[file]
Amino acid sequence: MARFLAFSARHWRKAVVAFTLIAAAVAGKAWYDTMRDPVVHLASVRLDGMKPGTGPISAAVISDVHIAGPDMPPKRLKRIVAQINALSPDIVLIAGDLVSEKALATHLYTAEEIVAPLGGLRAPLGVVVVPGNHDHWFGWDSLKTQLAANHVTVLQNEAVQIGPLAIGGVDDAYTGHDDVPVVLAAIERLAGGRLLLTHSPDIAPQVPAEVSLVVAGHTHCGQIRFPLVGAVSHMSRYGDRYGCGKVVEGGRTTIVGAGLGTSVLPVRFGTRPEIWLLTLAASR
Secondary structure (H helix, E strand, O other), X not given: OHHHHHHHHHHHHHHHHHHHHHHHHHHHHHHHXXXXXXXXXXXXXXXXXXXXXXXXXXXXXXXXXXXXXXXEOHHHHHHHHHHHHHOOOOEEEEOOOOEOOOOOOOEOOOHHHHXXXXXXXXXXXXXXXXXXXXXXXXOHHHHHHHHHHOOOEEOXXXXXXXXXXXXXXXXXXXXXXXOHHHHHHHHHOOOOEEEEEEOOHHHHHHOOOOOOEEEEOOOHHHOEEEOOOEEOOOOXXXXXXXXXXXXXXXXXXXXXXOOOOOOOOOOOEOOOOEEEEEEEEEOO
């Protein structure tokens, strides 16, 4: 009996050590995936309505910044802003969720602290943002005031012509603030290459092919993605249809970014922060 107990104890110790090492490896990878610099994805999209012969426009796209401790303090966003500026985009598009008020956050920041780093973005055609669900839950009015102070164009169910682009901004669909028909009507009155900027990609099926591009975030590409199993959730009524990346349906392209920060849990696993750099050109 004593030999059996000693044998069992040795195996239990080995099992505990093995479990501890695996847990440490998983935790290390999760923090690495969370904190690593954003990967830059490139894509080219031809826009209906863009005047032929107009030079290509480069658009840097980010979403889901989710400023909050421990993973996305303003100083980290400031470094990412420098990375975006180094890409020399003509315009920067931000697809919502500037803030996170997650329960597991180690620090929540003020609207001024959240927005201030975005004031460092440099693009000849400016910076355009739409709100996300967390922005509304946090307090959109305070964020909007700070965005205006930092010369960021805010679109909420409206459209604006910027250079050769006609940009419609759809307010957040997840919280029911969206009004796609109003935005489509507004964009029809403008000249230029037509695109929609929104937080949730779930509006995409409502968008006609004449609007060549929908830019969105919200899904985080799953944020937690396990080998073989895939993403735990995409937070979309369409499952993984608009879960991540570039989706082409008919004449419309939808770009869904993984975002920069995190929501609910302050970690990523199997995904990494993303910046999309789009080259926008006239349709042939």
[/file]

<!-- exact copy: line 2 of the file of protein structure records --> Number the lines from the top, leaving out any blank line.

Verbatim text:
Secondary structure (H helix, E strand, O other), X not given: OHHHHHHHHHHHHHHHHHHHHHHHHHHHHHHHXXXXXXXXXXXXXXXXXXXXXXXXXXXXXXXXXXXXXXXEOHHHHHHHHHHHHHOOOOEEEEOOOOEOOOOOOOEOOOHHHHXXXXXXXXXXXXXXXXXXXXXXXXOHHHHHHHHHHOOOEEOXXXXXXXXXXXXXXXXXXXXXXXOHHHHHHHHHOOOOEEEEEEOOHHHHHHOOOOOOEEEEOOOHHHOEEEOOOEEOOOOXXXXXXXXXXXXXXXXXXXXXXOOOOOOOOOOOEOOOOEEEEEEEEEOO